Michele Smith, ’79, is serving her third term as a Chicago alderman. First elected to that office in 2011, she is one of 50 alderman who make up the City Council.
“It’s hard to think of another job that combines substantial policy-making with grassroots constituent engagement and direct service like being an alderman does,” she said. On the policy side, in recent years she has had a central role in the design of Chicago’s far-reaching ordinance for citizen review of police practices; she chairs the council’s committee on ethics and oversight, which has led the passage of landmark reforms; and she has been a leader for improved policies in areas that include juvenile justice, gun violence, and the environment.
Service is a high priority for her office, which handled more than 14,000 constituent requests last year from the ward’s residents, who live in neighborhoods that include Lincoln Park, the Gold Coast, and Old Town. “I have lived in this ward for more than 40 years and raised my daughter here,” she said. “I’ve campaigned here six times in the last 15 years, led and participated in countless meetings, and also served as the Democratic committeeman for eight years. These are people I know, and who know me. Their concerns are my concerns.”
After graduating from the Law School, she clerked for two years for US Court of Appeals judge William J. Bauer and then served in the US Attorney’s office for eight years, where she prosecuted more than 400 narcotics, white-collar, and political corruption cases. In 1989 she joined Navistar International Corporation, where she worked for fourteen years, eventually becoming general counsel for the company’s 2.5-billion-dollar engine group.
“From the Law School onward, crucial learnings and experiences have been essential to my effectiveness in my current role,” she said. “As it does, the Law School gave me a lifelong foundation for sound reasoning and advocacy—and the faculty and Dean Morris were instrumental in my obtaining the clerkship with the great Judge Bauer, who taught me so much about how to be a thorough and ethical legal professional.”
Among her cases as a US Attorney was one involving an undercover informant whose lying had led to a wrongful conviction, which then sullied the informant’s testimony in previous cases. “I saw good people facing an awful situation with a commitment that the integrity of the justice system had to be the first priority,” she said. “That memory has stayed with me, and it has been particularly salient as I have worked toward our new police accountability legislation.”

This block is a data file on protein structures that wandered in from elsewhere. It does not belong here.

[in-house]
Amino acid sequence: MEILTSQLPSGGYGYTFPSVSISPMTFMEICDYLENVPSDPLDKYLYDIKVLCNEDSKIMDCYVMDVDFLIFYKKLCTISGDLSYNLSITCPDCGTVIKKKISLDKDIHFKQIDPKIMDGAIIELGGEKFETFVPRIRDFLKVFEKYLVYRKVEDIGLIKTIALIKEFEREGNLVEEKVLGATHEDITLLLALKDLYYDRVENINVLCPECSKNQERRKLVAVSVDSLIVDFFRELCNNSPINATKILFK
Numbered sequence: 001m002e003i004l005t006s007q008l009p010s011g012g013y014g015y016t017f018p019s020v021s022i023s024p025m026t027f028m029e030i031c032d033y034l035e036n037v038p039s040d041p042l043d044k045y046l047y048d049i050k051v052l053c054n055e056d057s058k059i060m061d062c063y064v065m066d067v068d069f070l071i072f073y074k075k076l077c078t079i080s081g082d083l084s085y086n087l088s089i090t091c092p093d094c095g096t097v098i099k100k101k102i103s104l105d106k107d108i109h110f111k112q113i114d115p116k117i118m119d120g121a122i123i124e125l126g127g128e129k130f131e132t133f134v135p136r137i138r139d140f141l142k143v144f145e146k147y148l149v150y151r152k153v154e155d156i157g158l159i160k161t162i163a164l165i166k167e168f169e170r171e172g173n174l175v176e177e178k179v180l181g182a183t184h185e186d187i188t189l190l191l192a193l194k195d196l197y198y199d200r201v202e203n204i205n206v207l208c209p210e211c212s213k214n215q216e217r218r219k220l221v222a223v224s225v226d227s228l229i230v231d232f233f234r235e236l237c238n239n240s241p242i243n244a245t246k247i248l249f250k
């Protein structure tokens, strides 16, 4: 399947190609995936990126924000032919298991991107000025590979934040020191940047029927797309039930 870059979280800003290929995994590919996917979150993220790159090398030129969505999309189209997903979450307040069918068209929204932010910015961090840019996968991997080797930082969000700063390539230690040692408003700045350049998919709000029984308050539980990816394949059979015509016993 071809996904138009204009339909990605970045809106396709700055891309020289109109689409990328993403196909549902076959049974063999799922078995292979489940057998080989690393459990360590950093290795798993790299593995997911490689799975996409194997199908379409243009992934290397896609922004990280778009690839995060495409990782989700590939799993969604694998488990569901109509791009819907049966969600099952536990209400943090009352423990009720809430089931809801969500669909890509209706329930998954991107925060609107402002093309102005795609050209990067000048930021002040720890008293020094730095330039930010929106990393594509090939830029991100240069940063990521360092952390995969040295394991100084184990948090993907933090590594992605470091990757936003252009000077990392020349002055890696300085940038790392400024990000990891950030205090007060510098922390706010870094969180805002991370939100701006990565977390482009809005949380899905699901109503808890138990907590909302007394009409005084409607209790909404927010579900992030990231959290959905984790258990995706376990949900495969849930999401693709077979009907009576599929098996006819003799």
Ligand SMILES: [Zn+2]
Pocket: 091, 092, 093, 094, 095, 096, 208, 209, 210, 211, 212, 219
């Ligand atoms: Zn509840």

At Navistar, she was part of a multiyear reformation of the company’s healthcare and pension offerings, a subject she would also address as one of the City Council’s leading advocates for better policies in those areas. As GC of Navistar’s engine group, she was deeply involved with the company’s push for federal zero-emission standards for diesel engines. “I learned a lot at Navistar about how businesses work, and a lot about the possibilities for collaboration between government and business for the common good,” she said.
Just after her first aldermanic election victory in 2011, the City Council announced its proposed postcensus redistricting plan, which sliced up her ward and distributed the pieces into five separate districts. The ward’s residents rallied against the proposal, with as many as a thousand of them attending one public meeting to confront an influential drafter of the plan. “It came home to me powerfully then that a big part of my job is to be a community consensus builder, providing information, a central point of contact, and forums for residents to reach appropriate conclusions that I can then help to advance,” she said.
She is participating as a mentor in a UChicago program for prelaw students aspiring to political careers. “I think a major lesson that many of us gained from our time at the Law School was that intellectual and ideological rigidity are counterproductive to finding the best solution in almost any situation, and I think we are seeing too much of that rigidity in our world today,” she said. “I’m going to try to get that message across to the students I mentor—and I hope all Law School graduates will be alert to situations where a narrow or one-dimensional view will block the way to creating the best possible outcome.”